Trade tensions between the world’s two largest economies hit close to home in the first quarter of 2019 as imports from China to the San Pedro Bay ports declined in several top categories.

Popular consumer goods from furniture to electronics and apparel dropped from the same period a year earlier after surging toward the end of 2018, according to Panjiva, the supply-chain research unit at S&P Global Market Intelligence Inc.

The weeks around the Lunar New Year holiday — which this year fell in early February — tend to see declines in import volumes. But 2019’s drop-off was more widespread, economists said, after U.S. businesses pulled many of their orders in early to get ahead of impending trade restrictions.

Paul Bingham, director of transportation consulting at IHS Markit Ltd., said the San Pedro Bay numbers reflect a natural drop-off in imports after retailers and distributors stocked up in anticipation of wider tariffs. And while the tariffs are on hold for now as negotiations between the United States and China continue, Bingham said the trade slowdown could reach past the summer months as China’s economy is slowing.

“It’s likely to continue for the second and maybe even into the third quarter,” he said. “If there’s more threats, back and forth, you could see a sharper downturn in trade.”

At the frontlines of the battle are the Los Angeles and Long Beach ports — the nation’s largest hub for trade with Asia.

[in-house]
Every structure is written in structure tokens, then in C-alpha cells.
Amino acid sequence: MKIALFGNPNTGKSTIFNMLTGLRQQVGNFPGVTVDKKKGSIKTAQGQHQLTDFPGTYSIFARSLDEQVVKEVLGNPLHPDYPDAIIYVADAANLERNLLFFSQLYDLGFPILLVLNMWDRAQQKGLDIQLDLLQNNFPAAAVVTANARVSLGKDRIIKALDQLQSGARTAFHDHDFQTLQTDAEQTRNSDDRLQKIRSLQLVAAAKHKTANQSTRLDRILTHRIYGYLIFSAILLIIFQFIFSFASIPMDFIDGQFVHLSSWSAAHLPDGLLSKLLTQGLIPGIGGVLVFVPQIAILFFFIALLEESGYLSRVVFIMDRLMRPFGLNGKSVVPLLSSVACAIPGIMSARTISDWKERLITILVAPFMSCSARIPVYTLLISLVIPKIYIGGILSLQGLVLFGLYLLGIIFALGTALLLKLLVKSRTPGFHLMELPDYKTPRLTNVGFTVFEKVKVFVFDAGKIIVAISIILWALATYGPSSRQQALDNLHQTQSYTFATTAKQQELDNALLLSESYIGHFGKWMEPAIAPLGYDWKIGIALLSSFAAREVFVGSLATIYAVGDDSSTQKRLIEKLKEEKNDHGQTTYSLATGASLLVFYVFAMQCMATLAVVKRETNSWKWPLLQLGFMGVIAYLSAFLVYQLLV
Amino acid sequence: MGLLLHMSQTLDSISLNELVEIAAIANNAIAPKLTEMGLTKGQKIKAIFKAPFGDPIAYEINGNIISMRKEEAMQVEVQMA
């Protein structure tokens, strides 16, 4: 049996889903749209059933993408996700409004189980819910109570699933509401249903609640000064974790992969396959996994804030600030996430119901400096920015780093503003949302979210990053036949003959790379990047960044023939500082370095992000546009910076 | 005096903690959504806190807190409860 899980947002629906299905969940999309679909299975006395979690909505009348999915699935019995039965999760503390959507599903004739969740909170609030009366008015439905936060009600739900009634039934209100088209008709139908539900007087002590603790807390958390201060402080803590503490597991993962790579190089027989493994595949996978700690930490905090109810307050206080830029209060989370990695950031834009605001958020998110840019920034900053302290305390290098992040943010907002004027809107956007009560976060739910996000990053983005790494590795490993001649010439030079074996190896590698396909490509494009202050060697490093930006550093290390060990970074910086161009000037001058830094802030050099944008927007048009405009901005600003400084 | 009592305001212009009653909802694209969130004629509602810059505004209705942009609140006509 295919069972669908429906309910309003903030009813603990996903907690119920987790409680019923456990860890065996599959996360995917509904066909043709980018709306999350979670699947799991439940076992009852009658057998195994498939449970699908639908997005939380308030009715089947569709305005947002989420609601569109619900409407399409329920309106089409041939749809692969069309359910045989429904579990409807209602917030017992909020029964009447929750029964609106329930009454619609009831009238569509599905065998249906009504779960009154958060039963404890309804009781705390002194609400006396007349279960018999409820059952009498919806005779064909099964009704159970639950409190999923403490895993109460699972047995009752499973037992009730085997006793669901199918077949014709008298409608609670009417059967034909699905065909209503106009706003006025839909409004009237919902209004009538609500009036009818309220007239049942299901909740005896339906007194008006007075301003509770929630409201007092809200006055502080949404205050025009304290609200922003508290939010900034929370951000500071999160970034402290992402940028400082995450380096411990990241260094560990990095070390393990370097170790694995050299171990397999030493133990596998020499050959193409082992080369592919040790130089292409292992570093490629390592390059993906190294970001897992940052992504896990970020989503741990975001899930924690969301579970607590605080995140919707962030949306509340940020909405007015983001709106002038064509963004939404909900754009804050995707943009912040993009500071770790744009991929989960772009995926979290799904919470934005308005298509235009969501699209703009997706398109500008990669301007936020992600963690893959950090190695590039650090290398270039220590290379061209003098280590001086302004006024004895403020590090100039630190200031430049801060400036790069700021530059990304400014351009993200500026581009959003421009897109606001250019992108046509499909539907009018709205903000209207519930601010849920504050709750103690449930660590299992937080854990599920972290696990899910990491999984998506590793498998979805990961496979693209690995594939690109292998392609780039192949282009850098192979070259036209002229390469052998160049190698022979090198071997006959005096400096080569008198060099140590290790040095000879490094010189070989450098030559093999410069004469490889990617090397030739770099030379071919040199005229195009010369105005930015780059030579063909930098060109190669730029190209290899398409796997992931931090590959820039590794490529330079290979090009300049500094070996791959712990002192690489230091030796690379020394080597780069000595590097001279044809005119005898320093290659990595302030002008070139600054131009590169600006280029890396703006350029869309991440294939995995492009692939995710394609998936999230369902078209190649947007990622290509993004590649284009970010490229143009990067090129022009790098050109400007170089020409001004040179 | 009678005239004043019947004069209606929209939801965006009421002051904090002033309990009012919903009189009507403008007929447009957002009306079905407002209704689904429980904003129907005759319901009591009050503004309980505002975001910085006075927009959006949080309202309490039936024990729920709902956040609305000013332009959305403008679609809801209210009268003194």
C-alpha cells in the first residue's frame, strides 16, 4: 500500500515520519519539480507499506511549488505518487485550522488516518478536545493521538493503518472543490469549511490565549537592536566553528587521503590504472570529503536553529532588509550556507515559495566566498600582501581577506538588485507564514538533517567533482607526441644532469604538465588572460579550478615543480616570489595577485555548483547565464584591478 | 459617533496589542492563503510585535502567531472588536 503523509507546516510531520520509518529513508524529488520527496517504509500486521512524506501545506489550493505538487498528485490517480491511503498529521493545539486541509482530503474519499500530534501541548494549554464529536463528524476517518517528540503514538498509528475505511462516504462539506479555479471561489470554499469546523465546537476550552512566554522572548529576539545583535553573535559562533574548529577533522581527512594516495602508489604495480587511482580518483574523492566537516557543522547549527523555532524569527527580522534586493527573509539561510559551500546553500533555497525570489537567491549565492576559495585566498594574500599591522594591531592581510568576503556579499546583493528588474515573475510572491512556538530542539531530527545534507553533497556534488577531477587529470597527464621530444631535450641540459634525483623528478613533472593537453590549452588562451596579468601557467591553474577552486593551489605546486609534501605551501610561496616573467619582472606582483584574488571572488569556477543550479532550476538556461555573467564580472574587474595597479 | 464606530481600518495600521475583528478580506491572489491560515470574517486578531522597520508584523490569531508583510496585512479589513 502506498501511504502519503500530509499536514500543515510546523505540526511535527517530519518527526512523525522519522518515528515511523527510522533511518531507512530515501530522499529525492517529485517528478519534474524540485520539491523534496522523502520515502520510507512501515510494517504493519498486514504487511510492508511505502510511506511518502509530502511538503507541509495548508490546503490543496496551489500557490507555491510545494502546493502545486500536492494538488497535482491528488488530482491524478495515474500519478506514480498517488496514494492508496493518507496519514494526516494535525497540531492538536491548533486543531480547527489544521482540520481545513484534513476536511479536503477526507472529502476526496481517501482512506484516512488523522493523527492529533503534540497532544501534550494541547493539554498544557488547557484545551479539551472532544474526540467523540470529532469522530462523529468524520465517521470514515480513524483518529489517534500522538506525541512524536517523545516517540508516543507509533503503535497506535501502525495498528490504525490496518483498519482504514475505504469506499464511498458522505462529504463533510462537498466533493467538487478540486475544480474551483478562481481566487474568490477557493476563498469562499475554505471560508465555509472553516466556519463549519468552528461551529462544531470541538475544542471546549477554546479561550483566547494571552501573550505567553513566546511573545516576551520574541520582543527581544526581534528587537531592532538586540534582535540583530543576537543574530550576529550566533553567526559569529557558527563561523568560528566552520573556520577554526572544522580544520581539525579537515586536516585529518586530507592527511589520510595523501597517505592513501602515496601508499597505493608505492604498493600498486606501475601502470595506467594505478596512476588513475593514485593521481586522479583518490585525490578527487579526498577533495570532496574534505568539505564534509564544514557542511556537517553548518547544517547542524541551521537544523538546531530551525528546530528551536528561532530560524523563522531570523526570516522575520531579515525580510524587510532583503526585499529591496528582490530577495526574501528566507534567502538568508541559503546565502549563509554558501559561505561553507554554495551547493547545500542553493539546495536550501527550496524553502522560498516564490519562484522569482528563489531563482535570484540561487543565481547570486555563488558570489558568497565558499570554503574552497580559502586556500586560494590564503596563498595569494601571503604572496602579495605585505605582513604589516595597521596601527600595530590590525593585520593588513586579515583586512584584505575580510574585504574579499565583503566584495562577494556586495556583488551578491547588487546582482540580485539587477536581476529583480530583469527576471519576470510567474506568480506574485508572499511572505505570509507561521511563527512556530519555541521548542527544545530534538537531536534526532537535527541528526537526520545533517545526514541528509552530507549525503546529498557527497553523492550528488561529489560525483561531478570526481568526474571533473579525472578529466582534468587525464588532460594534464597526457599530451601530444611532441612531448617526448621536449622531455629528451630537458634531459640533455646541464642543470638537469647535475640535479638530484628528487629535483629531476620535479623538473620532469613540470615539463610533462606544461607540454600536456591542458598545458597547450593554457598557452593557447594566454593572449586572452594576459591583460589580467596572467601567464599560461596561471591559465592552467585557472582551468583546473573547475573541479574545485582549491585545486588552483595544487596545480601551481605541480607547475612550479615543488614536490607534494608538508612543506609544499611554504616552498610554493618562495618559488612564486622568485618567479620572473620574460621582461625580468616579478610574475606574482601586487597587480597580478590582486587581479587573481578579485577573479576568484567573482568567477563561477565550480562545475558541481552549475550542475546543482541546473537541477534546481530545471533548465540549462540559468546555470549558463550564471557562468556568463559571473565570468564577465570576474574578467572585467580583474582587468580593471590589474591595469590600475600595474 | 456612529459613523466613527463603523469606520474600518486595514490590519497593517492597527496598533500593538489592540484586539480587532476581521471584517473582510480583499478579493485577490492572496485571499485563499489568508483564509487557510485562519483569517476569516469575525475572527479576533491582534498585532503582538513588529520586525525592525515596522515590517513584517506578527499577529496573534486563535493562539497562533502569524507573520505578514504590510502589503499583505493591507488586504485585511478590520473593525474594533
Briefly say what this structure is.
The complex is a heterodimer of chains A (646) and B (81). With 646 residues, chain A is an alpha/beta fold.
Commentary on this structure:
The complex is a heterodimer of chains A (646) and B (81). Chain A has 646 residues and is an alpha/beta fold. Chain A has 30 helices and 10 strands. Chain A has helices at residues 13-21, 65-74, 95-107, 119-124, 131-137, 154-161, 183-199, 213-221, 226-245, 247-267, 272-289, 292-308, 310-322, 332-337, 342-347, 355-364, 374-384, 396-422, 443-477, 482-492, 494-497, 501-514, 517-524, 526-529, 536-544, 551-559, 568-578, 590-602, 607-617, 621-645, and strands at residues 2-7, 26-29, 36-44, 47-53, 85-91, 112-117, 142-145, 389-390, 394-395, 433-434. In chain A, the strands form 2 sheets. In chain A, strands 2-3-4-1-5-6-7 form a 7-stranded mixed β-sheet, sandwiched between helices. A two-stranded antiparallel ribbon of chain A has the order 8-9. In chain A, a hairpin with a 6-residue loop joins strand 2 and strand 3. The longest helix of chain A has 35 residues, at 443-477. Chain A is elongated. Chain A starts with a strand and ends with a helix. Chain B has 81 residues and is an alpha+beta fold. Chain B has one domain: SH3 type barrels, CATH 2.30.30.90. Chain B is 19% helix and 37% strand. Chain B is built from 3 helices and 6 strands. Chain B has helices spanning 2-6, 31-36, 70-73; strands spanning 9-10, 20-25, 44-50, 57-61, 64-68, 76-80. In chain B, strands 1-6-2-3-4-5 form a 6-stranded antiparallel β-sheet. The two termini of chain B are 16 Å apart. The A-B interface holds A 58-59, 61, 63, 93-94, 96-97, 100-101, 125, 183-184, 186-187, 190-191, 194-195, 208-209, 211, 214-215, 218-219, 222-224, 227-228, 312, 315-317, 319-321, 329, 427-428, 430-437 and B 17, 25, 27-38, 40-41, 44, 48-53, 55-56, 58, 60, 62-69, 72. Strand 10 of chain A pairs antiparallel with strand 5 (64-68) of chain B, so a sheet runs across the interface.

Data from S&P shows that the imported volume of Chinese electronics through the San Pedro Bay ports fell 5% during the first quarter from the same period a year earlier. Chinese machinery imports dropped 11%, Chinese autos and auto parts declined nearly 18%, and furniture from China fell 16%.

Nationwide, Panjiva found the volume of all imported goods from China declined 6% in the first quarter.

President Donald Trump and his Chinese counterpart Xi Jinping have been matching each other in escalating tariffs for nine months. Trade talks are ongoing, but if they fail, Trump has threatened to go even further by imposing additional tariffs on $267 billion worth of Chinese goods — encompassing nearly everything the United States imports from its largest trading partner.

The trade battle has already roiled supply chains and cost the economy billions of dollars. Transnational companies have reportedly been shifting their China operations to other low-cost countries. And there’s growing concern that the tensions could slow the global economy.

Last month, a study from the Federal Reserve Bank of New York, Princeton University and Columbia University found Trump’s tariffs, imposed on $250 billion dollars worth of Chinese goods, were costing importers and U.S. consumers about $3 billion a month in added tax costs.

And in a report released earlier this month, the International Monetary Fund projected a slowdown in growth for 70% of the world economy in 2019 in part due to U.S.-China trade tensions.

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